Perineal Faecal Soiling

What is perineal soiling?

When you see faeces around the rectum of a rabbit or guinea pig, more commonly it is not true diarrhoea, but perineal soiling.

But what is perineal soiling?
Well as we may know, rabbits produce two types of faeces:

  1. Normal hard faeces- this stuff is poo, high in fibre, low in value, your stereotypical droppings.
  2. Caecotrophs – these are high in fatty acids, or energy, and nutrients/vitamins! Rabbits usually eat these to get a second pass at nutrients filtered out during digestion and also to gain the fatty acids produced by the bacteria in the caecum. Brown gold.

If a rabbit isn’t eating these caecotrophs, there is usually a pretty good reason, potential reasons of caecotroph soiling include:

  • Diet!!!
  • Husbandry
  • Systemic disease inhibiting normal motion or grooming – commonly obesity and arthritis, or a physical anatomical deformity or trauma preventing normal grooming and ingestion of caecotrophs.
  • Behavioural
  • Parasitic – the cause of diarrhoea is usually Eimeria or intestinal worms.

True diarrhoea is rare in rabbits, but if it does occur, you will have no normal hard faeces present, in a clinically unwell “sick” dull rabbit, with sudden onset and inappetance. Usually this is caused by an intestinal parasite, such as the coccidia – Eimeria spp.

However most often, as is frequently the case in small mammals, the problems come down to, diet and husbandry. In cases of caecotroph soiling your rabbit should present with soft faeces, but be eating well, be bright and alert and still be eating.

So how does it happen?

Hygiene and husbandry:
If your rabbits enclosure is too small, has a filthy substrate, or has not been cleaned enough, faeces may just build up. This is of course bad and should be cleaned!
If the enclosure is too small, your rabbit or guinea pig may not be able to turn around to groom properly, and thus poo will accumulate.

So give your rabbits space, house them on clean substrate and clean their enclosure regularily. Tick!

The slightly harder one to address, but is commonly an issue and underlying cause of problems in rabbits and guinea pigs.
For an indepth review of diet, check out these articles:

But why can diet affect caecotrophs?

You are what you eat!

But more directly, caecotroph quality, quantity and ingestion can be affected by:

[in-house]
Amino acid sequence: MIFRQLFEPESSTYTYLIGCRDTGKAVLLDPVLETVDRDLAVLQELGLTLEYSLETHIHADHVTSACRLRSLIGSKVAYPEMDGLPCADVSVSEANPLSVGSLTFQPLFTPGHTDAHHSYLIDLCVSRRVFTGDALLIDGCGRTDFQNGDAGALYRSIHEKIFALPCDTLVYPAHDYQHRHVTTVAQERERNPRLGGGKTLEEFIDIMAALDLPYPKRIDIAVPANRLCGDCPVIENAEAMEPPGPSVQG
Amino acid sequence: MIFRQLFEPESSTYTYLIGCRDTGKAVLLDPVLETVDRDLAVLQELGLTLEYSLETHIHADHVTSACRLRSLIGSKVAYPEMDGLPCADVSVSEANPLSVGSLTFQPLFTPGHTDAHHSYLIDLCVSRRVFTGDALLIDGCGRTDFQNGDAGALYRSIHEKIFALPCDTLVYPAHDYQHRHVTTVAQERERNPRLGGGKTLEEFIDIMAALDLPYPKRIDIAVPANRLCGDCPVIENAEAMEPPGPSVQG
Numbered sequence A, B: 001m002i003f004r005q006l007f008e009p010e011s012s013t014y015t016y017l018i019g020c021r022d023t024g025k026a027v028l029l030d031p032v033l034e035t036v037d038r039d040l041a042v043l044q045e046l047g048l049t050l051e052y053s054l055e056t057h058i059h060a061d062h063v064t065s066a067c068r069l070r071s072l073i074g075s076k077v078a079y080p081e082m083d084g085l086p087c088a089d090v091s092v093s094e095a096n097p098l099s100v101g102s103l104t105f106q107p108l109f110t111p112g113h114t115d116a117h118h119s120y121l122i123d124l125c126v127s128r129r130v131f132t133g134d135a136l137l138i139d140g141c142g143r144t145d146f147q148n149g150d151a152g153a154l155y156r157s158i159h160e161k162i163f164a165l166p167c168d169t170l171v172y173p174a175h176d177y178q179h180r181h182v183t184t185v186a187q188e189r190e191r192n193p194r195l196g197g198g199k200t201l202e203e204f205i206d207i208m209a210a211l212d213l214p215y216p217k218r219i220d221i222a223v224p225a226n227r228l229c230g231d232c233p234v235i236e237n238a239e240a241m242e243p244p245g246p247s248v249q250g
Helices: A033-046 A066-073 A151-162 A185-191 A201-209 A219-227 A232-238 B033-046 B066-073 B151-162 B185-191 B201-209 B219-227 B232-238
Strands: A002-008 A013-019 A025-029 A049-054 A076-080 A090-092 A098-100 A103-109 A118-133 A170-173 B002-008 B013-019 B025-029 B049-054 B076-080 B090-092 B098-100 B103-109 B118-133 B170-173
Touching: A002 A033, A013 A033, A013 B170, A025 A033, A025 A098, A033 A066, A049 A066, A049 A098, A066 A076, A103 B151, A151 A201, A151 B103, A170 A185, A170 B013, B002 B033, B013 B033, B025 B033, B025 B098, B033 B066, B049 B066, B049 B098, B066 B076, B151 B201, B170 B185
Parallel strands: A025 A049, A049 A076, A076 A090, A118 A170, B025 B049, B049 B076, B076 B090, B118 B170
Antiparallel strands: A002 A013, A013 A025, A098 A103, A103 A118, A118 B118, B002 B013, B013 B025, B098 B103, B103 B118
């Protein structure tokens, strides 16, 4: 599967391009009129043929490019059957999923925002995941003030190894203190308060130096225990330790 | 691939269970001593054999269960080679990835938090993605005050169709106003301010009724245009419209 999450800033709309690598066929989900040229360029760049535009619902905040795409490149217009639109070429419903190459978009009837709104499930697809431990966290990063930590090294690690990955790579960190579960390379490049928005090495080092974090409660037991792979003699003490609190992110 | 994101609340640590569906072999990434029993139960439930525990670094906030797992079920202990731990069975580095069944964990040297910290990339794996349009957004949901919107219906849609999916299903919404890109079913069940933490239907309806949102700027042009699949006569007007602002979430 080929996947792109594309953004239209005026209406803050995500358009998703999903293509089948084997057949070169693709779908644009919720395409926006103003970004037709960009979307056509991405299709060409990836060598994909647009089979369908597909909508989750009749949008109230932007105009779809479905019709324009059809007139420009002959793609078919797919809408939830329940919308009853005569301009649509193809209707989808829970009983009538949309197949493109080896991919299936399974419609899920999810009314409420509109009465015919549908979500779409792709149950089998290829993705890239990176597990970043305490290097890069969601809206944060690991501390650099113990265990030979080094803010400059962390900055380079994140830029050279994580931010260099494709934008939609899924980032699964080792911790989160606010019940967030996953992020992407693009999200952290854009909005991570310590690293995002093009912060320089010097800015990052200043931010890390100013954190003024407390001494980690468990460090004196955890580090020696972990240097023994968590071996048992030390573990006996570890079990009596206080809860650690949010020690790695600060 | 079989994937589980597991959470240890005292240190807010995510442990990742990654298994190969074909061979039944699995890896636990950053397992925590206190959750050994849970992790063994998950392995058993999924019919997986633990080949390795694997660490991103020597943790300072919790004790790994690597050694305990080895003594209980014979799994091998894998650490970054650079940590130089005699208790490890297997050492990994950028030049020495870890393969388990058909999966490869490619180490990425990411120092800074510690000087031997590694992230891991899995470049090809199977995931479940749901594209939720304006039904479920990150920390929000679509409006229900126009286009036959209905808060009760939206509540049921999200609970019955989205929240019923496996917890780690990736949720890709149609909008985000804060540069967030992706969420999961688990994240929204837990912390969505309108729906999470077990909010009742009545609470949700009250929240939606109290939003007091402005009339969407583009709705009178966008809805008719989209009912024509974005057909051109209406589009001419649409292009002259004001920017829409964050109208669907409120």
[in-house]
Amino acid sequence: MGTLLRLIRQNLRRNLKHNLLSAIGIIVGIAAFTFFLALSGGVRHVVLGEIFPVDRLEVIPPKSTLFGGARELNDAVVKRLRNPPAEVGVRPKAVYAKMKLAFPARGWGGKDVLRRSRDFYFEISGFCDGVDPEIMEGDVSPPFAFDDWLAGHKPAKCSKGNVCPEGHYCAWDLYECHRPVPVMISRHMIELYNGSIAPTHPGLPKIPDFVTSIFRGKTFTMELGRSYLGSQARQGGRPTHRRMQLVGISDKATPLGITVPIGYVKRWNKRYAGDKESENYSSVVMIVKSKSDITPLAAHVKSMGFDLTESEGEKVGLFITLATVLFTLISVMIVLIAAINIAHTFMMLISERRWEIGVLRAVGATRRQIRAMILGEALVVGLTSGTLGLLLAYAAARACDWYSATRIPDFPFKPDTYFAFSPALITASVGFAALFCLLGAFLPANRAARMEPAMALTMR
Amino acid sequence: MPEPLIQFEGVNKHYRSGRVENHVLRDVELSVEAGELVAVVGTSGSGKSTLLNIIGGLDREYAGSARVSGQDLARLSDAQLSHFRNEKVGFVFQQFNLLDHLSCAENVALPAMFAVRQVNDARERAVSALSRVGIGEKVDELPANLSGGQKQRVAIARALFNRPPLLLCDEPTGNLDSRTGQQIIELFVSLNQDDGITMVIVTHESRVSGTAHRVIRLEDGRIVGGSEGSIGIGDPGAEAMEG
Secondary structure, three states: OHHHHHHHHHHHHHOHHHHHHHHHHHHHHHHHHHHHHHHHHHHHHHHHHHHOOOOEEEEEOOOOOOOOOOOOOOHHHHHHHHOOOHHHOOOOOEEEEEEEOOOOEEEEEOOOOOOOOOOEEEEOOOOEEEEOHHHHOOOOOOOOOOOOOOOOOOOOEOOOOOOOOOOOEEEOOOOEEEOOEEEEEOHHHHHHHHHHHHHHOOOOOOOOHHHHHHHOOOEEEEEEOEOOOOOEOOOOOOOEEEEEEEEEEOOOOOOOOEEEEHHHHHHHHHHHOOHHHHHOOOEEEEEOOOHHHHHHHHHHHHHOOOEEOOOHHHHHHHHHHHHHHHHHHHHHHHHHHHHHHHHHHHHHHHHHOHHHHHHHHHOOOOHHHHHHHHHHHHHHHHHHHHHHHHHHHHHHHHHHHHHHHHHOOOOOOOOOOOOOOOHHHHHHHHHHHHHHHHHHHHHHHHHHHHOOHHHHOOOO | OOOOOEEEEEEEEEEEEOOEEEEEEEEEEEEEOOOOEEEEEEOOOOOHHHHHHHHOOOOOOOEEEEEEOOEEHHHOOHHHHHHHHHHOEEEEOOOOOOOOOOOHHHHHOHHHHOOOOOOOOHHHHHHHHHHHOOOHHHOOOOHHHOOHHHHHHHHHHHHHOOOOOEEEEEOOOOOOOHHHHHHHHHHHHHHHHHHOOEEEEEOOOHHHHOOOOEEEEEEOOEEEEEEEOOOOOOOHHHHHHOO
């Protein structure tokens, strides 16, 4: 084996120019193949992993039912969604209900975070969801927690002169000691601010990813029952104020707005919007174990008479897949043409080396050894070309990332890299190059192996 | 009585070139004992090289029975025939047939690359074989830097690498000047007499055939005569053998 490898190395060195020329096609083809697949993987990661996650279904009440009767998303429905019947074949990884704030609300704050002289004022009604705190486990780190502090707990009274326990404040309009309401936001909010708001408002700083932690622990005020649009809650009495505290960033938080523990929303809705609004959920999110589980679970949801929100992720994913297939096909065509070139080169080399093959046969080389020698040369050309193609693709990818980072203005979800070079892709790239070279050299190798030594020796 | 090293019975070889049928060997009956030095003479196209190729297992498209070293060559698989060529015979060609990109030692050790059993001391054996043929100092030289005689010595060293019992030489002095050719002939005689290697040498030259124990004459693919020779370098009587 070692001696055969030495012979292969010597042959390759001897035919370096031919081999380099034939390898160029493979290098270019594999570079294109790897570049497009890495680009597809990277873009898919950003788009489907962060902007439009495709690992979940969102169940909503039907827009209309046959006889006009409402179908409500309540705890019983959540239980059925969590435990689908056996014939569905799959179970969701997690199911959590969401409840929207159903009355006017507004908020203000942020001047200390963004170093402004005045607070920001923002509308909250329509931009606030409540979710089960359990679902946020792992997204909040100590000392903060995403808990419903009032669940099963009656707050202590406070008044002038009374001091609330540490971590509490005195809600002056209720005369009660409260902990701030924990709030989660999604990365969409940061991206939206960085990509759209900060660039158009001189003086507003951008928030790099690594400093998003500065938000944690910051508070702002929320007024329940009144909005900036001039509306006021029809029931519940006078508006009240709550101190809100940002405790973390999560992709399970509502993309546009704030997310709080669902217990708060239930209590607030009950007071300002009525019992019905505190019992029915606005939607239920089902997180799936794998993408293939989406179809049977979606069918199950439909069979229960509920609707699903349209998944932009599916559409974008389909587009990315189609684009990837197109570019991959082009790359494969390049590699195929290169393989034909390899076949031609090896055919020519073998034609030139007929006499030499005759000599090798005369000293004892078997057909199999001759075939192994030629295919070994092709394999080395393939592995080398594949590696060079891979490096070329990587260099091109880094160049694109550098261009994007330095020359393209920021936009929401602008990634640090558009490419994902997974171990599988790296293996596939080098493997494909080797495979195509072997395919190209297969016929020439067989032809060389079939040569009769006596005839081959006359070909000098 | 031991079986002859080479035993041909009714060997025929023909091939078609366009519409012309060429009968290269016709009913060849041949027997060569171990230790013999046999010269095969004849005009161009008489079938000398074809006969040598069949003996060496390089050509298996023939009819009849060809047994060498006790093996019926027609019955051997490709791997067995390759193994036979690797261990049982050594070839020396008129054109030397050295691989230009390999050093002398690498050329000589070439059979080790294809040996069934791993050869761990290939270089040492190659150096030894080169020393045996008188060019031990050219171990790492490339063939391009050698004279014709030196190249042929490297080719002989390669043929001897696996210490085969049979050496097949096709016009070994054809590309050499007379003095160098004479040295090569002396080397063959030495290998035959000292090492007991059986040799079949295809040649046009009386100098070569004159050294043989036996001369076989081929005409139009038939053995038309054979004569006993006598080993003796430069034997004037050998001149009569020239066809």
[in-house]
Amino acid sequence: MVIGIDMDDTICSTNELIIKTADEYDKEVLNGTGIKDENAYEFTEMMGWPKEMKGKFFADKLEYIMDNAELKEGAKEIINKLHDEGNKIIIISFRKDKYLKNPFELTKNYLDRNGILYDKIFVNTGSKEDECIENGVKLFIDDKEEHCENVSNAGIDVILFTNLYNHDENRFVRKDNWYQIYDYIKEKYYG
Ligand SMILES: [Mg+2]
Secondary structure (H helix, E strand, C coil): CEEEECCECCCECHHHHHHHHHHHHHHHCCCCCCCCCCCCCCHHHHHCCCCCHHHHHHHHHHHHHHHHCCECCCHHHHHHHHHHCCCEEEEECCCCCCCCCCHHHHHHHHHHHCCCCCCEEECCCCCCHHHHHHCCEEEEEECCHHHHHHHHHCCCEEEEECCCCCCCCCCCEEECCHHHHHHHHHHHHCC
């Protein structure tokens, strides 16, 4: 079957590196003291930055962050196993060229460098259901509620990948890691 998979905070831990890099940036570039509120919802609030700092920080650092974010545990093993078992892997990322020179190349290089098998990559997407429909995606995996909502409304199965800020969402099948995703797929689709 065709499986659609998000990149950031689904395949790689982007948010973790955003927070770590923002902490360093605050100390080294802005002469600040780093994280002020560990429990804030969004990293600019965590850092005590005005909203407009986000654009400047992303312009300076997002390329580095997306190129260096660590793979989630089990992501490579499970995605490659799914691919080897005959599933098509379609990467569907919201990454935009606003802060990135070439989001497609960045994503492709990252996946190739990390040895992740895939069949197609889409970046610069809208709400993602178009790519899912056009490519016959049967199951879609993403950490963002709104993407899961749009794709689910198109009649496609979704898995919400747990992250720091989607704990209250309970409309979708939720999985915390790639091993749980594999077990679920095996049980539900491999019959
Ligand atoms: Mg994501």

• Low fibre – lower fibre will slow down gut motility, decreasing frequency of caecotrophs being produced, and may result in a sick, inappetant rabbit!

  • High protein – decreases caecotroph ingestion, as your rabbit or cavy is already getting a lot of protein initially from their food, so why would they eat poo? Caecotrophs are still produced, just not eaten. You may also end up with an obese rabbit, which will compound this problem.

  • High carbohydrates – once again, high carbs intially so why eat poo? Carbohydrates will decrease the amount of caecotrophs produced and will speed up gastrointestinal time – producing more soft faeces, which may cake around the rectum. Bad news.

So the best method of prevention here is a – high fibre, low protein, low carbohydrate hay and greens diet.

Caecotroph soiling
Diarrhoea soiling
Faeces soft
Faeces liquid
Hard faeces produced
Hard faeces not produced
Bright and active
Dull and listless
Eating well
Source – Vella, D. CVE. Time Online -Rabbits and Rodents 2018.

Depending on the cause, if your patient is presented early, the prognosis is good, with severe disease (inflammation/myiasis) this decreases to grave to poor…

If the faeces remain soiled around the perineal region, and your rabbit is outdoors with fly access, then myiasis (fly strike) can occur.

Just like little sheep!

Myiasis is a serious and potentially fatal condition in rabbits, within 72 hours maggots can cause significant tissue damage, causing pain, inappetance, gi stasis, severe inflammation and in the worst circumstances, septicaemia, shock and death.

It is of course, something best avoided!


This is very much a situation of resolving clinical signs, and stabilising a potentially very sick bunny. It’s important to remove any soiling via cleaning, before the situation progresses to severe inflammation or myiasis.
  • Clean and remove any soiled areas – this may include maggots, in which case sedation or a general anaesthetic may be required. Clip and clean using chlorhexidine.
  • Depending on tissue damage – anti-inflammatories or healing agents may be required in the perineal area
    • NSAIDs – ketoprofen gel
    • Anti-inflammatories – fusidic acid (Fucidin), silver sulphadiazine (flamazine)
    • Manuka honey
  • +/- anti-parasitics – injectable ivermectin as one option off label.
  • Analgesia
  • +/-antibiotics if tissue damage has occured
  • Supportive care – prokinetics, fluids, warmth


What caused this problem? Most commonly it is a side effect of a poor diet and poor husbandry, if so it can be prevented by correcting issues in:
  • Husbandry and Hygiene
  • Fly/mosquito netting if applicable, or housing your rabbit indoors to prevent fly strike

Hop to it!

  • CVE. Rabbits and Rodents. Common Problems. Time Online. 2018.
  • Melbourne Rabbit Clinic. Rabbit & Guinea Pig Emergency Manual 2014. MRC. 2014.